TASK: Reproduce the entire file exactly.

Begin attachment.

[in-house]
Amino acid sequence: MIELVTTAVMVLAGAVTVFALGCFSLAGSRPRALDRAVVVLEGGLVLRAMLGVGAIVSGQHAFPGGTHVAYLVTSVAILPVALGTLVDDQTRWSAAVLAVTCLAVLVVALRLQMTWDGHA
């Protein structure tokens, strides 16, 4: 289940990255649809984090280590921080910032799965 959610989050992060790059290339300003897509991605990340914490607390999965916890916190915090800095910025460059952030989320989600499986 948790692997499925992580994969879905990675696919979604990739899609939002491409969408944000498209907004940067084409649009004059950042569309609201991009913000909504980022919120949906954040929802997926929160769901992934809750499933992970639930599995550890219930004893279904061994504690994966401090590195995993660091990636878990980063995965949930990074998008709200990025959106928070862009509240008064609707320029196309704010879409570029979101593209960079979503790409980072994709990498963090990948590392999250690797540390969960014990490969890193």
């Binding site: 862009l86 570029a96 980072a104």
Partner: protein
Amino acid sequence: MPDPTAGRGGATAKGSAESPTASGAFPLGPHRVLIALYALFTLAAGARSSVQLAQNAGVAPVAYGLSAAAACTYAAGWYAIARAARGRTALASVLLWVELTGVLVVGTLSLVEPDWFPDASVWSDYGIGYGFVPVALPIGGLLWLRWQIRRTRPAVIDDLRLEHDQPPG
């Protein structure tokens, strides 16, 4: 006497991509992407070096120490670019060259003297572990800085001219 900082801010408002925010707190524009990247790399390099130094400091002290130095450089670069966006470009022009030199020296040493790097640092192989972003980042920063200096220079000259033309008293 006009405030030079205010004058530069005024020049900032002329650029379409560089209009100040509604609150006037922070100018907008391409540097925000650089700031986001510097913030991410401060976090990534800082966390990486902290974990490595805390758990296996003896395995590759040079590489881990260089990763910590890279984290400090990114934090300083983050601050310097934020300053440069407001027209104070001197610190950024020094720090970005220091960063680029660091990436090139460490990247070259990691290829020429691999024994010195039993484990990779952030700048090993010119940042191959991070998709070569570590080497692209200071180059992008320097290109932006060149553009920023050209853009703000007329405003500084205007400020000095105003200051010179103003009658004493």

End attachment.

[in-house]
Amino acid sequence: MIELVTTAVMVLAGAVTVFALGCFSLAGSRPRALDRAVVVLEGGLVLRAMLGVGAIVSGQHAFPGGTHVAYLVTSVAILPVALGTLVDDQTRWSAAVLAVTCLAVLVVALRLQMTWDGHA
């Protein structure tokens, strides 16, 4: 289940990255649809984090280590921080910032799965 959610989050992060790059290339300003897509991605990340914490607390999965916890916190915090800095910025460059952030989320989600499986 948790692997499925992580994969879905990675696919979604990739899609939002491409969408944000498209907004940067084409649009004059950042569309609201991009913000909504980022919120949906954040929802997926929160769901992934809750499933992970639930599995550890219930004893279904061994504690994966401090590195995993660091990636878990980063995965949930990074998008709200990025959106928070862009509240008064609707320029196309704010879409570029979101593209960079979503790409980072994709990498963090990948590392999250690797540390969960014990490969890193």
């Binding site: 862009l86 570029a96 980072a104």
Partner: protein
Amino acid sequence: MPDPTAGRGGATAKGSAESPTASGAFPLGPHRVLIALYALFTLAAGARSSVQLAQNAGVAPVAYGLSAAAACTYAAGWYAIARAARGRTALASVLLWVELTGVLVVGTLSLVEPDWFPDASVWSDYGIGYGFVPVALPIGGLLWLRWQIRRTRPAVIDDLRLEHDQPPG
């Protein structure tokens, strides 16, 4: 006497991509992407070096120490670019060259003297572990800085001219 900082801010408002925010707190524009990247790399390099130094400091002290130095450089670069966006470009022009030199020296040493790097640092192989972003980042920063200096220079000259033309008293 006009405030030079205010004058530069005024020049900032002329650029379409560089209009100040509604609150006037922070100018907008391409540097925000650089700031986001510097913030991410401060976090990534800082966390990486902290974990490595805390758990296996003896395995590759040079590489881990260089990763910590890279984290400090990114934090300083983050601050310097934020300053440069407001027209104070001197610190950024020094720090970005220091960063680029660091990436090139460490990247070259990691290829020429691999024994010195039993484990990779952030700048090993010119940042191959991070998709070569570590080497692209200071180059992008320097290109932006060149553009920023050209853009703000007329405003500084205007400020000095105003200051010179103003009658004493």